In political science, the quickest way to create change is, by definition, a revolution. The details surrounding how political revolutions in our history have unfolded are largely glossed over. It’s often easier to view revolutions as suddenly occurring events perpetrated by a few radicals who were able to sway the populous into taking arms against a governing faction with a charismatic call to action and a promise of emancipation. History demonstrates a different reality. A perpetual cycle of perceived democracy crumbling into tyranny. A revolving door of actors performing the same play.
The American War of Independence provides a great example. It was a war waged in reaction to the imposition of British control and a King who made decisions based on his whims and personal gain. During the birth of the new nation, documents such as the Declaration of Independence, the Constitution and the Bill of Rights were purportedly created based on the principle that, as Thomas Jefferson wrote in the Declaration of Independence, “… All men are created equal, and they are endowed… with certain unalienable rights, that among these are Life, Liberty and happiness”. The irony of this? The intentions of the Founding Fathers guaranteed that the United States of America would never be a true democracy. Thomas Jefferson, along with many other founding fathers, owned and abused slaves. The sheer existence of a system like the Electoral College proves that true representation of the people’s will was never important, but rather the opinion of a select elite who deemed that they knew far better than the people beneath them. Their opinion on who was the Head of State was merely a suggestion.
In this, the United States takes the form of an aristocracy, in the Platonic sense, rather than the democracy it markets itself to be. When our current democratic systems were built, they never intended to represent people of colour, women, LGBTQI+ people, equality, liberty and happiness, they established a regime to consolidate the power of the ruling class of the time – wealthy white men who owned property. This was, and is, not a matter of systemic immaturity. Rather, it demonstrates the architecture of supremacy and oppression synonymous with oligarchy and, ultimately, tyranny. The citizens of the United States gave their power to a system that ultimately had the same fundamental shortcomings that they fought against. The evening performance of the matinee play.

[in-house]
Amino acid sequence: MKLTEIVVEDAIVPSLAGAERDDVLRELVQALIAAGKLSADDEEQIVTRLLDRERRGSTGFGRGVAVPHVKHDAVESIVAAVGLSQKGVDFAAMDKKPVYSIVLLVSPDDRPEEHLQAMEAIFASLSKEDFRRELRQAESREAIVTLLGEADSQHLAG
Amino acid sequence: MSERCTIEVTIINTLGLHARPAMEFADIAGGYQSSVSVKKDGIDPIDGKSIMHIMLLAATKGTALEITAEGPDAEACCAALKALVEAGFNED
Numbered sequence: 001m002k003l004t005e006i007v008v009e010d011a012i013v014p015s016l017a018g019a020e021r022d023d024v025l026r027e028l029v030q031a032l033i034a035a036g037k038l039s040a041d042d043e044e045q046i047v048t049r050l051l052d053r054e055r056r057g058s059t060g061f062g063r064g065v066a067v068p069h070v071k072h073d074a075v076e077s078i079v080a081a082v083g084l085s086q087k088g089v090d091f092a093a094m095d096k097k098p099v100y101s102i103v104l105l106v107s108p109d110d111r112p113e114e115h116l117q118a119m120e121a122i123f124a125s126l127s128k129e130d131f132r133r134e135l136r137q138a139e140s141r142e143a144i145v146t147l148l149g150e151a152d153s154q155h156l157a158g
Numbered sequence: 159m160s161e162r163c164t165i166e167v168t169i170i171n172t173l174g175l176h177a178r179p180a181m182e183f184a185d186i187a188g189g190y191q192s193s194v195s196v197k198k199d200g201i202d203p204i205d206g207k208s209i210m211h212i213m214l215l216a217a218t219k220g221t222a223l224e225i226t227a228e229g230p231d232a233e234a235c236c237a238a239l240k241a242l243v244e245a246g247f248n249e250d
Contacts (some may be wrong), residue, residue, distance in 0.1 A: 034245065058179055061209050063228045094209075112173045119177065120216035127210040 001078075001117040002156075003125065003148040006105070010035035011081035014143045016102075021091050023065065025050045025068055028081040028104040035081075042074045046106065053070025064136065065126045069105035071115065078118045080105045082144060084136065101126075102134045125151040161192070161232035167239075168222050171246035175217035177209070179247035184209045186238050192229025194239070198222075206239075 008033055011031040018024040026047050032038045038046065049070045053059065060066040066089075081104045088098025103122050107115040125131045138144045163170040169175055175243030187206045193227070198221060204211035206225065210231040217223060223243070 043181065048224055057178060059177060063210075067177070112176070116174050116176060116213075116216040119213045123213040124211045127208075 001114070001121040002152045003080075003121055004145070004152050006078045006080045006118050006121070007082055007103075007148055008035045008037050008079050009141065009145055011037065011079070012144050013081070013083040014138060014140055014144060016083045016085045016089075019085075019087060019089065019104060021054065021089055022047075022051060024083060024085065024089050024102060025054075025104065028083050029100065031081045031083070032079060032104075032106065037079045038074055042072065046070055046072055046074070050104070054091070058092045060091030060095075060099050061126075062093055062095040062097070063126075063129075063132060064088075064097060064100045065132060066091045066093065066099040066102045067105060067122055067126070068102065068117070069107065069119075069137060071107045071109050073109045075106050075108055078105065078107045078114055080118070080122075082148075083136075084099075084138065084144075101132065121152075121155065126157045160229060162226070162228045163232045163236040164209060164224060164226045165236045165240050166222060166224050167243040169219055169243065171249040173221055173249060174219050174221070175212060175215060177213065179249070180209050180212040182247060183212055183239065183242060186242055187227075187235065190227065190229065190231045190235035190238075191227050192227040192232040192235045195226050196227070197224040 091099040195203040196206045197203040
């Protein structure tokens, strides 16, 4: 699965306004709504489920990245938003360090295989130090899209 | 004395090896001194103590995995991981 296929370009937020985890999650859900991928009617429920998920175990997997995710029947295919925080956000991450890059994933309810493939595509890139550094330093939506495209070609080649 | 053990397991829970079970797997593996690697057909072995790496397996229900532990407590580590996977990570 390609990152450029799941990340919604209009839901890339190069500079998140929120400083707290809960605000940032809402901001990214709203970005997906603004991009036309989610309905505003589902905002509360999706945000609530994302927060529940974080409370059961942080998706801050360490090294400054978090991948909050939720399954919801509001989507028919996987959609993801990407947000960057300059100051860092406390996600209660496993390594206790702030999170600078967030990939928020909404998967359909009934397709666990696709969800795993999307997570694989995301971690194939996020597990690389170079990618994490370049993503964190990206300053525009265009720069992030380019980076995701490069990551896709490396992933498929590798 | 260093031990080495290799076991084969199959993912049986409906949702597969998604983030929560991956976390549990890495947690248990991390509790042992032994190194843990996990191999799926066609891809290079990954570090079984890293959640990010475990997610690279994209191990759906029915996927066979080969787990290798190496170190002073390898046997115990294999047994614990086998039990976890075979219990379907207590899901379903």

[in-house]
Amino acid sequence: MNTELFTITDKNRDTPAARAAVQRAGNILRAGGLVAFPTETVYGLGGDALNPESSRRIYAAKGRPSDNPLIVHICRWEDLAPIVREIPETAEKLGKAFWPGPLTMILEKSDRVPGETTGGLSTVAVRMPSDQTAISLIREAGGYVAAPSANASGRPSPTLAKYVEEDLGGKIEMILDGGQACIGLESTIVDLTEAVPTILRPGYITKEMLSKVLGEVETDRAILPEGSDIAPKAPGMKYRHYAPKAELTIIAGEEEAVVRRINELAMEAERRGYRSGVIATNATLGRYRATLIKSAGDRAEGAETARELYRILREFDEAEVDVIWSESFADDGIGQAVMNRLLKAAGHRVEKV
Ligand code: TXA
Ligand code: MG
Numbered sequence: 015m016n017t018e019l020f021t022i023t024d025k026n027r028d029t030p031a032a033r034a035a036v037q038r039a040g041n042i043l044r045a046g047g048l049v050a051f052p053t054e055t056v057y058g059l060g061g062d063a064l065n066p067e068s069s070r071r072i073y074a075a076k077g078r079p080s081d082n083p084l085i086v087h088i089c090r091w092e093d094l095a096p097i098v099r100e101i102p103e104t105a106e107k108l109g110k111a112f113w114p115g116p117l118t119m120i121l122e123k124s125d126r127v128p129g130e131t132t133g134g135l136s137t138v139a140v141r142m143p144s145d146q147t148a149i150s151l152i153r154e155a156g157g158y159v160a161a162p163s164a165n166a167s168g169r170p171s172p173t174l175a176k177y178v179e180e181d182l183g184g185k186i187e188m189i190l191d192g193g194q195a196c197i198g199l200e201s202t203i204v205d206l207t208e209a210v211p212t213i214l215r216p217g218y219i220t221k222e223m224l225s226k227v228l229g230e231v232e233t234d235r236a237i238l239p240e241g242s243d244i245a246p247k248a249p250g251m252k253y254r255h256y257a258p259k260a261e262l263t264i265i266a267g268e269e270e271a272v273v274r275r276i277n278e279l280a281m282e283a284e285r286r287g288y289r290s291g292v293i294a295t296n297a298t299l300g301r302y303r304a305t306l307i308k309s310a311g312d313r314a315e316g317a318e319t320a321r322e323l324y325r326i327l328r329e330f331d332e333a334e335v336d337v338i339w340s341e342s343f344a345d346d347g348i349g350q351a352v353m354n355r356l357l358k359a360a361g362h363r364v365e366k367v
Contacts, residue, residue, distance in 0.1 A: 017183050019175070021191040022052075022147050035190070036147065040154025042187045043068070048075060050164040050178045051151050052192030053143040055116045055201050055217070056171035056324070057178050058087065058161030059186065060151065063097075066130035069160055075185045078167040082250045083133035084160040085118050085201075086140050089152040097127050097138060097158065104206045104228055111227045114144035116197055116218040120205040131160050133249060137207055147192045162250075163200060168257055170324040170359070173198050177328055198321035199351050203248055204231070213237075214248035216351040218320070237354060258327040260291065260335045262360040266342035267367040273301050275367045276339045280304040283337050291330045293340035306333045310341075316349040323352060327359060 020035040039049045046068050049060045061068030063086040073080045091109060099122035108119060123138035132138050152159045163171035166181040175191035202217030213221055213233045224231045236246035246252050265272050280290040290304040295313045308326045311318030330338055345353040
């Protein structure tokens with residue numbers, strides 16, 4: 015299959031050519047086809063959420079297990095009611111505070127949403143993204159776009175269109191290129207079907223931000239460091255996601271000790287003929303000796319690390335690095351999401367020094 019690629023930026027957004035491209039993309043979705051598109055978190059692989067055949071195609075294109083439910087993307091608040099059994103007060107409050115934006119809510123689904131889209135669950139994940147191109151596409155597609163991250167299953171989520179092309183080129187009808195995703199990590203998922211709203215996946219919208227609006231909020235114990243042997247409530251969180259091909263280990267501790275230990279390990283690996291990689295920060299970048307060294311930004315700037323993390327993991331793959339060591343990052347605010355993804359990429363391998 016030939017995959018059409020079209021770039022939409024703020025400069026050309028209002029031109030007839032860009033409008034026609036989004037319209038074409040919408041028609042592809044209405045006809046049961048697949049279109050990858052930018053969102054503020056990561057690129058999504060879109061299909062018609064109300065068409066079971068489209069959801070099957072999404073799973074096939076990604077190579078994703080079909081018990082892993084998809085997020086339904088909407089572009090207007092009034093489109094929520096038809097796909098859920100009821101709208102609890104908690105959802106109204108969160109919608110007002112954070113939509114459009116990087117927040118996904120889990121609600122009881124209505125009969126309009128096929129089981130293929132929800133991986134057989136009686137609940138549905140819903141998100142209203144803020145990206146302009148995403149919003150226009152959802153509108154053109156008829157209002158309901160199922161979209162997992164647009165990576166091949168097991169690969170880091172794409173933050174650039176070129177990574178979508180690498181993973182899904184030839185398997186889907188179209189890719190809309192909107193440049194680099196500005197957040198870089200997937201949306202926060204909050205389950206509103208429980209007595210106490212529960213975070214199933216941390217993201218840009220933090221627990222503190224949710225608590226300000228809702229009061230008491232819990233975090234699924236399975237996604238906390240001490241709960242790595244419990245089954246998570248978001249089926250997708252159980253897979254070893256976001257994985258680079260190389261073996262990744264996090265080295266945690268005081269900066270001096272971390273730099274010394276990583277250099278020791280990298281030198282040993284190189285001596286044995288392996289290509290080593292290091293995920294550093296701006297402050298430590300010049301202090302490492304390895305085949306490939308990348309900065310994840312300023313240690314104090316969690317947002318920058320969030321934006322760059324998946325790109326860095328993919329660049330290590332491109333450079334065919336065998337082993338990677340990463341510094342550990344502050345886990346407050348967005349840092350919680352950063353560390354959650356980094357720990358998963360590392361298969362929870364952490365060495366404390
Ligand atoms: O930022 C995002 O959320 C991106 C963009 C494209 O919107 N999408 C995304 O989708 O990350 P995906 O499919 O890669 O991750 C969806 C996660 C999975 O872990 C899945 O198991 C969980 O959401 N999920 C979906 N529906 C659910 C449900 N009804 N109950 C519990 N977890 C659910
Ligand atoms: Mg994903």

Both of these systems are underpinned by two beliefs: Firstly, that someone has an inherent and divine right to rule over others, and secondly that every person who is anointed or seeks out this power has the collective’s best interest at heart. Addressing the first principle, governing with a belief that you are free, entitled and justified to act however you choose because you have a divine right to do so is a complete disregard of the responsibility the collective has to the true principle of liberty and fraternity – that we must act upon our free will responsibly, without impeding on others freedoms and lives. When we give away our power to others because of this impractical ideal, we fundamentally betray the ideals of true liberty and free will. Secondly, it’s impossible to guarantee the integrity of those who sit in positions of divine rule. The architecture of the systems that they are manipulating has no true foundation of fraternity to support accountability.
A true revolution is the oligarch’s biggest threat. Our current perception of revolution is that it’s the consequence of a cycle of greed, oppression and mistrust created by the agency of supremacy, festering until we are driven to find relief from the discomfort of our failing society. We revolt against a lack of vision that prevents society from valuing every member’s contribution, and against those who are more concerned with the illusion of power and how to maintain it. History shows us that no matter how many times we enter the phase of democracy, there is clear evidence that the architecture still contains a tyrannical platform that can be reactivated.
And so, thousands of years of this cycle has given rise to an ingrained mindset, submitting to the architecture of divine rule. The architects cleverly design the structure to continually feed a narrative that any form of revolution is a bad thing. By maintaining this negative focus on revolution, it’s easy to distract us from the existential threat we pose to the cycle of tyranny. We are taught to hyper-fixate on the gruesome, often state-sponsored violence of some revolutions and blame the oppressed for the suffering they endured. Our media and other corrupted systems constantly keep our focus on the fear/comfort paradigm, discouraging contemplation and a challenging of higher authority. Our current world events afford us another opportunity to break the cycle.
So, what could a true revolution look and feel like? Is a true revolution a step in the evolution of humanity? Is it completely deconstructing systems that enforce tyranny and unequivocally renouncing them? Once we have dismantled these corrupted systems, we must address our complicity and acceptance of them. We need to take time to conduct an in-depth post-mortem to understand exactly why it failed us. Only then can we start to rebuild with integrity, empowering a diverse group of people that truly represent us, and equally empowering all citizens to embrace a new movement that embodies liberty and fraternity. We can break the cycle and evolve if we choose to. In fact, we must.